In my opinion, he was not a choreographer of style or steps; what he transmitted to students who are so important today such as Rafaela Carrasco or Israel Galván was a new kind of stage discipline and a different understanding of space and the use of music – whether flamenco or non-flamenco – as communication.
The Dualism of Roma Professionalism
Mario sought the intensity of expression in small details – calculated brushstrokes and measurements – rather than great explosions of force or speed.
Restraint and attention to detail, elegance and technique are all characteristic of his style, as well as the leading role played by the music and musicians, especially by flamenco singing. Then there’s also the expression of emotion, conveyed by means of a gentle and subtle sensitivity; this takes precedence over technical prowess for the sake of looking good.
I want to emphasise that he always tried to preserve the gitanidad, the ‘Roma-ness’, in other words, his concept and his sense of what it was for him to be Roma, while basing his style on seemingly non-Roma elements of flamenco dance (musicality instead of rhythm, restraint instead of explosive feelings, technical cool instead of spirited heat, sensitivity instead of instinct, etc.).
Mario Maya taught me that the stage and the audience deserve the utmost respect and that flamenco has the same dignity and stature as ballet or any other art form. Moreover, the flamenco dancer is a professional who dedicates body and soul to his or her work, beyond all success and recognition.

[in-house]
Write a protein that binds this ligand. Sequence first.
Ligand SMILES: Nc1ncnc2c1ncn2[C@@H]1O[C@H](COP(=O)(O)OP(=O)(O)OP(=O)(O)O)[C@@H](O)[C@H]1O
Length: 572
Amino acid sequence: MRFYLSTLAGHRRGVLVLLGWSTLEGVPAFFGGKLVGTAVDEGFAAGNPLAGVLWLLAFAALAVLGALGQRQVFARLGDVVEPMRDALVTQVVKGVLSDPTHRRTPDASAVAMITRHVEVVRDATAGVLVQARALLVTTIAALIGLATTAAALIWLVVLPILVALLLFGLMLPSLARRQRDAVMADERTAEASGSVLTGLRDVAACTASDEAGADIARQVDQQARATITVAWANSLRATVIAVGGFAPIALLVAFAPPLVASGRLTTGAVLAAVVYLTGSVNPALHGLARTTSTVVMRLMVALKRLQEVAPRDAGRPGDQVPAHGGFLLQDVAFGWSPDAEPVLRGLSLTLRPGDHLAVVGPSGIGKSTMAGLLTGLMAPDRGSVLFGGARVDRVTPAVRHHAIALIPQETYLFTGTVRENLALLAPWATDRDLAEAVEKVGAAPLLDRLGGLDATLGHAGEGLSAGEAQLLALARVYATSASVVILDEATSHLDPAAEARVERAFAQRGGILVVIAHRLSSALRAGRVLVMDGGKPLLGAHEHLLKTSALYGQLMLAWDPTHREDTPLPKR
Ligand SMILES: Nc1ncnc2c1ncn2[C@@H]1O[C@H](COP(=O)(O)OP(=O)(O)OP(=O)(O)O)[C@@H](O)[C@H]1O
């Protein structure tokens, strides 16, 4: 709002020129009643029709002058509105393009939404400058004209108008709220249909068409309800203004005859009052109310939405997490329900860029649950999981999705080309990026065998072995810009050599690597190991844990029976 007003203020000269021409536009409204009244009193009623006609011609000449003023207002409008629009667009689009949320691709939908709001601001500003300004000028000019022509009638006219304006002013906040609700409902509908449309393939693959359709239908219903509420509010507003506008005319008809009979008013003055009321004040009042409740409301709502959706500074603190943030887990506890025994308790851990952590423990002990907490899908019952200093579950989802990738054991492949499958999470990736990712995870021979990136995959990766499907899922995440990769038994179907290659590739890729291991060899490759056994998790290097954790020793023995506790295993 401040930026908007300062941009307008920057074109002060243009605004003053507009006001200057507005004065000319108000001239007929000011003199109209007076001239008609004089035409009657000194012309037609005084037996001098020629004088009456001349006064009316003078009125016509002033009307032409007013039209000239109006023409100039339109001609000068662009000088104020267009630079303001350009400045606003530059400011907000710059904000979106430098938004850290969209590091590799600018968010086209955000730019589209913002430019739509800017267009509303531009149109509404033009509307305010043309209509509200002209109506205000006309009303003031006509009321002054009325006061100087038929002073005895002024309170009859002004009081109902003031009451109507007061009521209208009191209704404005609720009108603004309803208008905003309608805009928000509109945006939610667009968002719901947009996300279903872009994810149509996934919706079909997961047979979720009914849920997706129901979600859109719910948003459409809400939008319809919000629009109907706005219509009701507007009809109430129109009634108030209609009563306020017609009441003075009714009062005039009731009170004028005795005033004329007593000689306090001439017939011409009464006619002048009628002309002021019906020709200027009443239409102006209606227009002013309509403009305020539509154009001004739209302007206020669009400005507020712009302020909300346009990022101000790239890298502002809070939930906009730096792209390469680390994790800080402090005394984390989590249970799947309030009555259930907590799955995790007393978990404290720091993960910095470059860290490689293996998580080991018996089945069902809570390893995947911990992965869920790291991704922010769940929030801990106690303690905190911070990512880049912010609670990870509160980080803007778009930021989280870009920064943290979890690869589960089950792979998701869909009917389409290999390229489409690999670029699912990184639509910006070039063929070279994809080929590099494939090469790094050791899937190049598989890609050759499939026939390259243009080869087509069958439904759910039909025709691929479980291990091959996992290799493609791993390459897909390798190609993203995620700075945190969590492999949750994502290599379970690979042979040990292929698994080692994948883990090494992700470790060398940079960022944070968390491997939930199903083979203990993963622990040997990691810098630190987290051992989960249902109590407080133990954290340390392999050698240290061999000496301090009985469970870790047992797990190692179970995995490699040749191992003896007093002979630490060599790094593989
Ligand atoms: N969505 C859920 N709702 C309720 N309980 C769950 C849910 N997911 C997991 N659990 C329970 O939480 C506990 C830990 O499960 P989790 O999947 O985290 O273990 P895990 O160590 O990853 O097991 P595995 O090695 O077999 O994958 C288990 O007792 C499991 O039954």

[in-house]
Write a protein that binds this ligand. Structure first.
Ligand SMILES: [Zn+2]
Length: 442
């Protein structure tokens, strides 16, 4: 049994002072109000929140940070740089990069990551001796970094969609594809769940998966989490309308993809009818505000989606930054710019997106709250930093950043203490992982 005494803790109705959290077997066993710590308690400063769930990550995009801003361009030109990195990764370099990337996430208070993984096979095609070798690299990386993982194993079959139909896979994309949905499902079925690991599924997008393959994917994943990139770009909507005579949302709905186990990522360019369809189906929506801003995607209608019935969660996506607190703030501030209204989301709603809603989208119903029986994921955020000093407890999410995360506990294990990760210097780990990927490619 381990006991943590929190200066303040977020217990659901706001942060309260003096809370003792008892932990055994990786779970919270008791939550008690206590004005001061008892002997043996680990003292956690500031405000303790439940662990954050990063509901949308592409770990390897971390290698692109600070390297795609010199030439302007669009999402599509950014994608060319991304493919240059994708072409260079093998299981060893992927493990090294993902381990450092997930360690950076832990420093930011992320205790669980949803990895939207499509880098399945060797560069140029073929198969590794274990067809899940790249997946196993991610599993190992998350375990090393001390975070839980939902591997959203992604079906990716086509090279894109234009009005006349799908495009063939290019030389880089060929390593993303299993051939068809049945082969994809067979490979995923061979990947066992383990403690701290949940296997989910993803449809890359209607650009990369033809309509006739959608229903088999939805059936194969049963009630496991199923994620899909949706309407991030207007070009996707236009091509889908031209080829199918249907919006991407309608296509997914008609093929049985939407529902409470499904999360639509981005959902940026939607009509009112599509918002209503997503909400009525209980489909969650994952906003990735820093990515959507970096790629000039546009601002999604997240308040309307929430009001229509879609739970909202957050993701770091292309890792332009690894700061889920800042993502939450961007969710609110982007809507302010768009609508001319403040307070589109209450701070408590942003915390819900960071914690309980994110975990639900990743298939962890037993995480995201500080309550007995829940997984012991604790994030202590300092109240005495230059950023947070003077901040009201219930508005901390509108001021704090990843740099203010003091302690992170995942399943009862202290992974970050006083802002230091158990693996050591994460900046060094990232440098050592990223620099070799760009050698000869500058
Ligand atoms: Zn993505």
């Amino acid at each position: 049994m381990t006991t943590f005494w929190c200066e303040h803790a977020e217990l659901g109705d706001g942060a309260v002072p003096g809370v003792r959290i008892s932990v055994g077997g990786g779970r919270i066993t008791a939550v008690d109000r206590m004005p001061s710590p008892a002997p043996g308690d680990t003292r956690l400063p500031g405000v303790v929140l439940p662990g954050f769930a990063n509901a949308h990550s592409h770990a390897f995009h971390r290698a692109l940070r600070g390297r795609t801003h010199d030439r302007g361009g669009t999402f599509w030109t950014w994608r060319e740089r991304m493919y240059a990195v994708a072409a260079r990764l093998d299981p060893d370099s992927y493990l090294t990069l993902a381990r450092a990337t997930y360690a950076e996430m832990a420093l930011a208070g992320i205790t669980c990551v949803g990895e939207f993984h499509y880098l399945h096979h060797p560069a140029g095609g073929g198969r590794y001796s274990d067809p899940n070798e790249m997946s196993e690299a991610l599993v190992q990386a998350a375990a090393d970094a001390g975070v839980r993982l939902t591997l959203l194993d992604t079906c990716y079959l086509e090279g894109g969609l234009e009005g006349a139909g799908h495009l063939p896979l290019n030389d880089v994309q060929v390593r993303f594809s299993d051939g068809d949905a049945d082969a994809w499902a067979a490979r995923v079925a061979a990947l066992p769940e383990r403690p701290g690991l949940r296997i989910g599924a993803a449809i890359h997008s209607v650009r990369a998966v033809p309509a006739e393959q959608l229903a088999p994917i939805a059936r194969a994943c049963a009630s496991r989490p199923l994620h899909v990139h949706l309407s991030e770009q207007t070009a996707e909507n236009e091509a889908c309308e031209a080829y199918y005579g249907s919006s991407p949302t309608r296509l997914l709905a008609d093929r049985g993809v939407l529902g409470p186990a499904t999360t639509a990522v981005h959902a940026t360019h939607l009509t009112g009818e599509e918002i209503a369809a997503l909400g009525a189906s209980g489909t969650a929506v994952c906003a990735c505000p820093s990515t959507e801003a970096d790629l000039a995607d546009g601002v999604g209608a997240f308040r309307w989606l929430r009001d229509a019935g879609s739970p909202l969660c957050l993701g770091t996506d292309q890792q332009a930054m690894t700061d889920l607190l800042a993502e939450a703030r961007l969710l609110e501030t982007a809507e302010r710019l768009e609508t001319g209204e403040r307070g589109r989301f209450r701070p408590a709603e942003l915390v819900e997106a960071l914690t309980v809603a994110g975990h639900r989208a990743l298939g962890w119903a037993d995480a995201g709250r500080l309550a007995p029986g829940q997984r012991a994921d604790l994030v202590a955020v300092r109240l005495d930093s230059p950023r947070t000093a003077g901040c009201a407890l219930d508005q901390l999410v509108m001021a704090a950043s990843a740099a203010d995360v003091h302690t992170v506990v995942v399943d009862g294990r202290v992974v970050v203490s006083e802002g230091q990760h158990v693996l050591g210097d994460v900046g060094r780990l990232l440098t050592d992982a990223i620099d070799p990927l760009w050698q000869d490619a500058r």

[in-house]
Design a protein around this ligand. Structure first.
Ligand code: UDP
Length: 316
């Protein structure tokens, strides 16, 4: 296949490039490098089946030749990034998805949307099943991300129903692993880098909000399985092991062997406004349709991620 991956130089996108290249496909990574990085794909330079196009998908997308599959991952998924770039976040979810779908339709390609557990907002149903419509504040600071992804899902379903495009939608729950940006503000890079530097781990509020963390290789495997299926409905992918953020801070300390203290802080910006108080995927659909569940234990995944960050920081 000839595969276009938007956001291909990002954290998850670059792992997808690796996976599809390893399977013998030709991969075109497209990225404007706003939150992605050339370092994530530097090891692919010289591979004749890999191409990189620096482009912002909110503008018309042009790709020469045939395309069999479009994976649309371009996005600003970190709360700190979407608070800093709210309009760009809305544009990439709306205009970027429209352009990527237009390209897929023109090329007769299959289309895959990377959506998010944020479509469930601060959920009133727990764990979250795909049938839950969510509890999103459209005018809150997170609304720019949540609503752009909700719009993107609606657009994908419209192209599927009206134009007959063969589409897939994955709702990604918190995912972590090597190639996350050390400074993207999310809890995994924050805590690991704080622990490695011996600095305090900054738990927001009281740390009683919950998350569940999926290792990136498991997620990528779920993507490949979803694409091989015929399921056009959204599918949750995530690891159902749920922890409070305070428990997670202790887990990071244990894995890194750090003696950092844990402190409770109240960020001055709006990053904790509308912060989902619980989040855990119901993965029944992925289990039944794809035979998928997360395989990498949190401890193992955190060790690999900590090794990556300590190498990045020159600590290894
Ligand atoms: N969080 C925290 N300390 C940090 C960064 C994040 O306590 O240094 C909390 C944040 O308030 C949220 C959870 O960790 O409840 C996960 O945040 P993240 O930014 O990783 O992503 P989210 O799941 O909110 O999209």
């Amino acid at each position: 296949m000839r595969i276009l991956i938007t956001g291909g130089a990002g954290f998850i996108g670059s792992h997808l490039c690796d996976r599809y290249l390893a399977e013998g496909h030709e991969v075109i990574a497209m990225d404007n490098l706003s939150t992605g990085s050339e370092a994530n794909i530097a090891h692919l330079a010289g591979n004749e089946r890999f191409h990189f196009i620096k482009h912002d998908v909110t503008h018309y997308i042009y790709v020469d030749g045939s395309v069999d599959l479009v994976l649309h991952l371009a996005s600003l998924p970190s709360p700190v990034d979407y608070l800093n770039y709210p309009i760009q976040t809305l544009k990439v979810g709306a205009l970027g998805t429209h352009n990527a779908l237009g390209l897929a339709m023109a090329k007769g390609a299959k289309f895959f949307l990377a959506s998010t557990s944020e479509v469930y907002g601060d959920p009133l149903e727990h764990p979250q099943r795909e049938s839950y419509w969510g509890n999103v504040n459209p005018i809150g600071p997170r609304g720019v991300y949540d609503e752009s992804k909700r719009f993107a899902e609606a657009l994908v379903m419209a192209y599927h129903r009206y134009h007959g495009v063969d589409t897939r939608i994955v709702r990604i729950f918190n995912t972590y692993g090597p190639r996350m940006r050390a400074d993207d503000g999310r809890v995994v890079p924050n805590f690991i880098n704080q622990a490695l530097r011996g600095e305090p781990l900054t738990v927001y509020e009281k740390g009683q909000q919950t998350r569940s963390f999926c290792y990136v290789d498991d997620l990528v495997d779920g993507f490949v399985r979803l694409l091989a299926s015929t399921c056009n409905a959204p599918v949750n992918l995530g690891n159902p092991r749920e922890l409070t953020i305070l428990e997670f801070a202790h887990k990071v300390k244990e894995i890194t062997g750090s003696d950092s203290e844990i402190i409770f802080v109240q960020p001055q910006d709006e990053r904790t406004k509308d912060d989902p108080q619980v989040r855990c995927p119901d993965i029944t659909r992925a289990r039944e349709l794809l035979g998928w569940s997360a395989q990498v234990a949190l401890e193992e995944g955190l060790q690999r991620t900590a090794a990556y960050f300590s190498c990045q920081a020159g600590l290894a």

I also learned that there is a creative and intellectual process behind each movement, that nothing is ‘just because’ or as he always said ‘nothing is free’, and I learned not to make the numbers too long or tire the public. Keeping an eye on the time was very important to him.
But above all I witnessed his contradictions – how Mario Maya lived as a Roma in everyday life and with his family, but was then forced to defend his Roma identity to the audience on stage. Both he and other artists of his time felt the need for flamenco to transcend its basic forms in order to express a much broader range of concepts, a need that stemmed from a particular intellectual influence and socio-political protest in conjunction with his flamenco training.
Finally, he viewed dance as a way of dignifying an art form, a profession and an ethnic group which was considered inferior and low down on the social scale.
Few flamenco dancers at that time could or wanted to understand this, using it instead as an anti-Roma argument against Mario: anyone who read books, listened to classical music and work hard could not possibly be a bailor gitano.
Having witnessed the discrimination against my father by other Roma artists, I am very proud to say that this does not happen today. Roma dancers have learned to thrive on many different artistic, social and cultural influences, to ‘be in the world’ and no longer fear losing our identity by opening our minds as well as our hearts.
Mario Maya left a creative legacy full of commitment, imagination and courage that was consistent with his time, and from this he created a school of great performers and choreographers.
He remained a rebel to the end and that is my most precious inheritance; for instance, we were almost kicked out of Thailand for refusing to greet the then king. But his rebellious, revolutionary and visionary nature can only be understood through his identity as Roma: as a Roma artist and a Roma dancer.
And that is true since the days when he was a child dancing in a basement bar for tourists...